In this case, "work is the change in energy" is the definition of work from thermodynamics, and "the ability of performing work" is the definition of energy from mechanics. It isn't circular, it is two separate lines of thought. In thermodynamics energy is usually defined by listing a few of the basic forms of energy and then saying that energy is one of those things or anything that can be converted to or from one of those things. In mechanics work is defined as ∫F.ds. So neither of the sets of definitions for a single formalism is circular.
     
    Last edited: Feb 7, 2014
  8. Feb 7, 2014 #7
    In a theory of levers the distance is usually perpendicular to the force, so those are moments of force, not work. The fact that theories of levers used moments of force, rather than the principle of virtual velocities, which is really the principle of virtual work, was noted by Lagrange in his Mécanique analytique. He says that the principle was apparently not known to the ancients, and was first found by Guidobaldo del Monte, then by Galileo, Wallis and Descartes. It is possible that because Lagrange used that principle as the foundation of his mechanics, "work" became an important concept eventually.
     
  9. Feb 7, 2014 #8
    I wasn't seeing that those were separate lines of thought, thanks for pointing it out DaleSpam. Now, looking at conservation of energy I see better what happens: by the work-energy theorem, the change in kinectic energy is the work, so if the potential changes, to maintain the total energy constant the kinectic will have to change and there will be work. Also, if work is done, the potential will have to change.

    In that case, it also justifies why the potential energy is the ability of performing work: if there's no potential energy, the kinectic energy cannot change because it would violate conservation of energy. This is the way I'm understanding all of this now. Is all of this correct?

    The only thing I'm not grasping yet: what's the motivation for the definition of work? It is the sum of all tangential components of force along the trajectory, that's fine, but what's the motivation to define this? I didn't get it from that post about levers.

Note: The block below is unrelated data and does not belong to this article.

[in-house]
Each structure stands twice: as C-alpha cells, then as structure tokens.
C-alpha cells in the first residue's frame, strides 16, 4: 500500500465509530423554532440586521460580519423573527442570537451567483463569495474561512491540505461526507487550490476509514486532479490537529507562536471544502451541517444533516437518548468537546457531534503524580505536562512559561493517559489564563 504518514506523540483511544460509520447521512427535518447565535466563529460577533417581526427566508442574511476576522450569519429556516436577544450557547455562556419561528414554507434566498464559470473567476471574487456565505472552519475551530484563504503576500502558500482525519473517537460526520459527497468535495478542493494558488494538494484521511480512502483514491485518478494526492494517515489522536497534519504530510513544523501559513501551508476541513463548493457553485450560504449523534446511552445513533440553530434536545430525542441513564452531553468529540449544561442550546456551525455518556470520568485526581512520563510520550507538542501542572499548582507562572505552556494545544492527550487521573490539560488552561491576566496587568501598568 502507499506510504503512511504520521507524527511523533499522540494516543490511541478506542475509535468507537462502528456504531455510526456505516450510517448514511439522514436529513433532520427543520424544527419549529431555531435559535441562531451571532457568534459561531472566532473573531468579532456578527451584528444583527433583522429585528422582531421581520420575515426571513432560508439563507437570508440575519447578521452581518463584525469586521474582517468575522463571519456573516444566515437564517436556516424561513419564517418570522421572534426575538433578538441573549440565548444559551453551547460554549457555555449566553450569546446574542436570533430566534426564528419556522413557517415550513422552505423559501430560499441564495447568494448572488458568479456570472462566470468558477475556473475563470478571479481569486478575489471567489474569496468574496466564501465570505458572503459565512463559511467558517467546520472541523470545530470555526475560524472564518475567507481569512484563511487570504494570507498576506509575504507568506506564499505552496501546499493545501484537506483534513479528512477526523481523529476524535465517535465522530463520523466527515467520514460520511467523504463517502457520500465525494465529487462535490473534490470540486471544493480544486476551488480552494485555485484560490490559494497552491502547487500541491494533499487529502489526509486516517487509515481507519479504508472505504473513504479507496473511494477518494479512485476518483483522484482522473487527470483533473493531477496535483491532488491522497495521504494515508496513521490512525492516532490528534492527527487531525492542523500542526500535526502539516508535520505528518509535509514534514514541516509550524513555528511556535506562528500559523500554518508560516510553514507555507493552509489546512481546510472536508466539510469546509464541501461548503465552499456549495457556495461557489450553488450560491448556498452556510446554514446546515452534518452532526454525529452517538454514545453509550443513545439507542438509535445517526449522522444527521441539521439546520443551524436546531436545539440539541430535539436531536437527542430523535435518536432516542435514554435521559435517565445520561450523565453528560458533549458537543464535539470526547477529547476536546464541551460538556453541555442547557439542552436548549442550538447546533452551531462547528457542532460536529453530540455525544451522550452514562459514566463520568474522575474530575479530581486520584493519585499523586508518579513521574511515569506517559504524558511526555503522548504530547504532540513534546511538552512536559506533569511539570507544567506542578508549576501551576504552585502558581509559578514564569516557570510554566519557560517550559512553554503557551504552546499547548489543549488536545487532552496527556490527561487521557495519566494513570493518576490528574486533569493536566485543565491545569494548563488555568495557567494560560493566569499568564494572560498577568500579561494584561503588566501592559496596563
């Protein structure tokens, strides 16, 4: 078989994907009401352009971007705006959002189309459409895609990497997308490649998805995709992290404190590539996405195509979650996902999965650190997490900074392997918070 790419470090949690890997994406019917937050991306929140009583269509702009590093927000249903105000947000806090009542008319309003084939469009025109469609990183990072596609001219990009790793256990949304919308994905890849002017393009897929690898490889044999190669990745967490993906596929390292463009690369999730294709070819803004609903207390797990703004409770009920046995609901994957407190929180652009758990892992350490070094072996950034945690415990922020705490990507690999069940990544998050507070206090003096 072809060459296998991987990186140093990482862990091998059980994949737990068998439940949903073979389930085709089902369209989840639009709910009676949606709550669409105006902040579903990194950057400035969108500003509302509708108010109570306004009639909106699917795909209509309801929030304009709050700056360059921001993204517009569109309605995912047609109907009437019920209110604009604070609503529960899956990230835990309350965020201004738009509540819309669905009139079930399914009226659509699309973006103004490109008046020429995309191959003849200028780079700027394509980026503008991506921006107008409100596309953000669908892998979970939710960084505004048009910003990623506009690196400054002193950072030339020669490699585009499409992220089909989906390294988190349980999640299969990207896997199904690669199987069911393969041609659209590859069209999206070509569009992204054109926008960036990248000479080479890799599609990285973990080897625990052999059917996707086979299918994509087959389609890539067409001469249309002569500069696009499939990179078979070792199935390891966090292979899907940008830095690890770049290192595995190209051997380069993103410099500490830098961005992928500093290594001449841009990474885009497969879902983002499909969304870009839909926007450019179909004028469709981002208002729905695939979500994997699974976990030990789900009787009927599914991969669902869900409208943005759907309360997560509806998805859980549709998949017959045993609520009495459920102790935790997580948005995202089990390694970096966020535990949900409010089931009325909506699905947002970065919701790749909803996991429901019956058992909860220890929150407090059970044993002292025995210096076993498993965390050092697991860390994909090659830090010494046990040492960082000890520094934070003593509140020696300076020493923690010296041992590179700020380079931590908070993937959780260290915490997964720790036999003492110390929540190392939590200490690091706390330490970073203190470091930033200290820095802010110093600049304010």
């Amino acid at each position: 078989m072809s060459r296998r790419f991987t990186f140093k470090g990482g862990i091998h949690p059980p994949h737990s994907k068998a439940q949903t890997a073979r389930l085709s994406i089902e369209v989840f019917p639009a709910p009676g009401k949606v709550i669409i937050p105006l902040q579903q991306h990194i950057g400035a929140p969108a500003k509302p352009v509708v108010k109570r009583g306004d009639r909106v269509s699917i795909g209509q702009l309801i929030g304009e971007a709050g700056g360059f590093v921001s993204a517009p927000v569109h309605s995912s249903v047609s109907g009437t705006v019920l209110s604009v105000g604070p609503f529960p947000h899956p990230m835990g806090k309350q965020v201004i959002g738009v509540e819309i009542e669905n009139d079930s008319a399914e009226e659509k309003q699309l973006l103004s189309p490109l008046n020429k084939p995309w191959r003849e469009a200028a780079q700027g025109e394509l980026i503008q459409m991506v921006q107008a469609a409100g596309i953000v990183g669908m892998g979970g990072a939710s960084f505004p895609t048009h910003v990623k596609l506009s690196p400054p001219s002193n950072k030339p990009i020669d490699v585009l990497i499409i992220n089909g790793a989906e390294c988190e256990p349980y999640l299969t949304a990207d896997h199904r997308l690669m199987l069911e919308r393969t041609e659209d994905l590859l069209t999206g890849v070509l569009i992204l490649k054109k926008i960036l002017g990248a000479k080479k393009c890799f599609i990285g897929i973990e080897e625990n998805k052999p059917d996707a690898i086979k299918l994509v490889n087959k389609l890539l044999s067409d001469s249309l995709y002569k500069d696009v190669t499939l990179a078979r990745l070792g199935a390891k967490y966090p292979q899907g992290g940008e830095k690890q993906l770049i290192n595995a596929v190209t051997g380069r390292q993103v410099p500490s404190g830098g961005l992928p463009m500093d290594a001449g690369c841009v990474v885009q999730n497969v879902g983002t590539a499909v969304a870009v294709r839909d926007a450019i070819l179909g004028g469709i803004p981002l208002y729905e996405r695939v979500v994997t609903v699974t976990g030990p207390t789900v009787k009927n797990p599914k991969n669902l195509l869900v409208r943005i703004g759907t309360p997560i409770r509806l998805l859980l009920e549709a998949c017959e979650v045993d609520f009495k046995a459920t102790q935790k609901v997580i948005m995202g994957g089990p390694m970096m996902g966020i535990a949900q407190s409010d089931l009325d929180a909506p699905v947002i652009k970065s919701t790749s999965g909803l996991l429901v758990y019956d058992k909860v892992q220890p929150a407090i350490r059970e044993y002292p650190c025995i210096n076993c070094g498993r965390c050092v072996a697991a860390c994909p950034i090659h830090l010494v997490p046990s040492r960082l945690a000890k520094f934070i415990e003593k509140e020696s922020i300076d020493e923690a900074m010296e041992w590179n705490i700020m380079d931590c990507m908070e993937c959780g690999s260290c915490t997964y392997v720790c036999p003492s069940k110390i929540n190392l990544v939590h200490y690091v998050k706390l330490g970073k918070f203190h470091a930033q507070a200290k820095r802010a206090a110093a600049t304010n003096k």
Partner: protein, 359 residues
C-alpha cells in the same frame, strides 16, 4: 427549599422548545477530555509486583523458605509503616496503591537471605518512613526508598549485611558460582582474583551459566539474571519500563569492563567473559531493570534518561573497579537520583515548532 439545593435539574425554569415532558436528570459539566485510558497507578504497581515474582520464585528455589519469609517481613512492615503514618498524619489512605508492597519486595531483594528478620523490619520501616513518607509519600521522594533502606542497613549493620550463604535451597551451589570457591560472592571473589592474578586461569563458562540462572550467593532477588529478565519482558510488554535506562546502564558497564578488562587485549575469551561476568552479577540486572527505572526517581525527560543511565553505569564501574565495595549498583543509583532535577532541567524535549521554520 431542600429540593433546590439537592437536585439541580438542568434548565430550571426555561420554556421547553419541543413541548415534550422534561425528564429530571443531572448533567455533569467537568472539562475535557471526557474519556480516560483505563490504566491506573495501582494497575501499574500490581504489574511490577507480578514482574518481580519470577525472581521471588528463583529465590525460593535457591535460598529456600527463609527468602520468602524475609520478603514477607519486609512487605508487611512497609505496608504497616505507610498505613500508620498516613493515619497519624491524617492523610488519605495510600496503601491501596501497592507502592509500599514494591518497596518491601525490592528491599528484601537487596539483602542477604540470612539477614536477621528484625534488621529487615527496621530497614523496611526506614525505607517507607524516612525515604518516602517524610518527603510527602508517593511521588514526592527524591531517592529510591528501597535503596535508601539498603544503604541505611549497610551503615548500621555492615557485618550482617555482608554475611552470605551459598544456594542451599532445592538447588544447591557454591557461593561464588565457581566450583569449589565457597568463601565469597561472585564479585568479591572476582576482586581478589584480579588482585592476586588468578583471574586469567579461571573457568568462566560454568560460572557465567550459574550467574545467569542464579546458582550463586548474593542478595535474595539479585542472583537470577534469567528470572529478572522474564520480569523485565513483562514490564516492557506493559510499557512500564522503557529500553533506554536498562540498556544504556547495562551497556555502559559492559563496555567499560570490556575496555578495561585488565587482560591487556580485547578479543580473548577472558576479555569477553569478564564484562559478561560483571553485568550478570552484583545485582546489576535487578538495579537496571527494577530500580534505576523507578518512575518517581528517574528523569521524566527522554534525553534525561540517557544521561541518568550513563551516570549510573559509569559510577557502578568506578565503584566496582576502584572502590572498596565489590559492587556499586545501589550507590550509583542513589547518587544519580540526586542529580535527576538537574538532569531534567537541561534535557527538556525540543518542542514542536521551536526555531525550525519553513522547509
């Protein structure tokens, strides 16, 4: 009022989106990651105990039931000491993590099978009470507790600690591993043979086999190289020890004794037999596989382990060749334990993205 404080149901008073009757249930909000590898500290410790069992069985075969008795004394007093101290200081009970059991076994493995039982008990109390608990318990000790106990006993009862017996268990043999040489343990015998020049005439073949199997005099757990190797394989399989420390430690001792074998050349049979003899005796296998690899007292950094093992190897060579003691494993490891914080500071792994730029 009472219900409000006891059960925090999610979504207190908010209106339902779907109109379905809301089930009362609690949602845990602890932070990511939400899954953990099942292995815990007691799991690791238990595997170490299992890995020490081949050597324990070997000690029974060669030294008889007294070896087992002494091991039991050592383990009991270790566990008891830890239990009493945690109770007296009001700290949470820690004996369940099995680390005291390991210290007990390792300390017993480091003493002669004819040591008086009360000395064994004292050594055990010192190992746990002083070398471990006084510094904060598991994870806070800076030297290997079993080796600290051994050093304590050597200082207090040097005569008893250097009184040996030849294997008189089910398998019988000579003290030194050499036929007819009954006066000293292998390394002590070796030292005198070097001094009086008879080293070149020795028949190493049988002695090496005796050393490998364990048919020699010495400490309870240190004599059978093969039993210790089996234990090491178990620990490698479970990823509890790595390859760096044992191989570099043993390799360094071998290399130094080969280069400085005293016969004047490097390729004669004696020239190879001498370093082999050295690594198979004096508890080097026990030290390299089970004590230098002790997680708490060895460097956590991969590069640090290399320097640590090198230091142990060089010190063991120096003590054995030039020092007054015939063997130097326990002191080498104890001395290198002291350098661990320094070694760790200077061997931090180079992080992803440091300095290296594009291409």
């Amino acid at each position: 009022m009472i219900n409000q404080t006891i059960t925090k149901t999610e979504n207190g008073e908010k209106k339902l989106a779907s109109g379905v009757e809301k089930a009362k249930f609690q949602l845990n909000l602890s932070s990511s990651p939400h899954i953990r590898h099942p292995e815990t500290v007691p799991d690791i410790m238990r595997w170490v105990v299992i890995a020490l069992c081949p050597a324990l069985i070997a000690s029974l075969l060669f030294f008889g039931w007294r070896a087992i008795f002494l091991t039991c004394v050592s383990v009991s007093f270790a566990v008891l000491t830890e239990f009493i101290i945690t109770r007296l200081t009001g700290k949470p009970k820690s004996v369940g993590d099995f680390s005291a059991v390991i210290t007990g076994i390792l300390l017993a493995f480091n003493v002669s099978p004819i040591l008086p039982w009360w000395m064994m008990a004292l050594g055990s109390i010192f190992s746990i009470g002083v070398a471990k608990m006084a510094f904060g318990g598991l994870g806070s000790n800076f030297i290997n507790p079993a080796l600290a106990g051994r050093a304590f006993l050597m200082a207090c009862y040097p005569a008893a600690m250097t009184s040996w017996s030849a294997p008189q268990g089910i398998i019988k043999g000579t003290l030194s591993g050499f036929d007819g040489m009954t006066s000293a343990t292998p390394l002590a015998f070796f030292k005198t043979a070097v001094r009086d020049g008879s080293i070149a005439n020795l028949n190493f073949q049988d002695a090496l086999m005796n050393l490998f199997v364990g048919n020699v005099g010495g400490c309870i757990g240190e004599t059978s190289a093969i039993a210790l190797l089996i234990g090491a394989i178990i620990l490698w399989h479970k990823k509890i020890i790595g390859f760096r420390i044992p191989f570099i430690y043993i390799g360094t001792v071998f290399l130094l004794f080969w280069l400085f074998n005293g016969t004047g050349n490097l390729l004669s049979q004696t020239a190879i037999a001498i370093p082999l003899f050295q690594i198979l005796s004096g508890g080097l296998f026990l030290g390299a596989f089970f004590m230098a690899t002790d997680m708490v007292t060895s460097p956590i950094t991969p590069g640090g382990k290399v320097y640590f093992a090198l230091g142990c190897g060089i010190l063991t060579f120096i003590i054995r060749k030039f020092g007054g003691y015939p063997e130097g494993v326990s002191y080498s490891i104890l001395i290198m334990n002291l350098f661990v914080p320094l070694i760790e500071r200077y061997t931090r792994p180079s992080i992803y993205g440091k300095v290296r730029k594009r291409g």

10. Feb 7, 2014 #9

    Dale

    Staff: Mentor

    First, we have to talk about which formalism/theory we are discussing. From the rest of your comments I assume that the context is specifically basic Newtonian mechanics.

    I think that the motivation for the definition of both work and KE is the work energy theorem itself. The work energy theorem shows that there is a nice simple relationship between the quantities ∫F.ds and 1/2 mv² t. This relationship is very useful in many cases, and therefore motivates giving each quantity a defined name.
     
  11. Feb 7, 2014 #10
    IMHO.
    This is the way ALL scientists (and PF golds and Mentors here) learnt about energy and work:

    Forces, movement, kinetic energy, potential energy (mechanical energies)
    Thermal energy.
    Chemical energy.
    Electric energy.
    Nuclear energy. ....

    Once they have studied all these subjects they come to the conclusion: “energy is conserved”.

    And they can also say: “When some type of energy is transformed into mechanical energy we say that work is being done”.

    These sentences only make sense when you have covered all the steps.

    Any of you understood what "the ability of performing work" meant the first time you read it?
     
  12. Feb 7, 2014 #11
    I would second DaleSpam here: the work-energy theorem is enough motivation for the concept of 'work'.

    But, as I said in #7, work - without being named work - was central in the Lagrangian formulation of mechanics.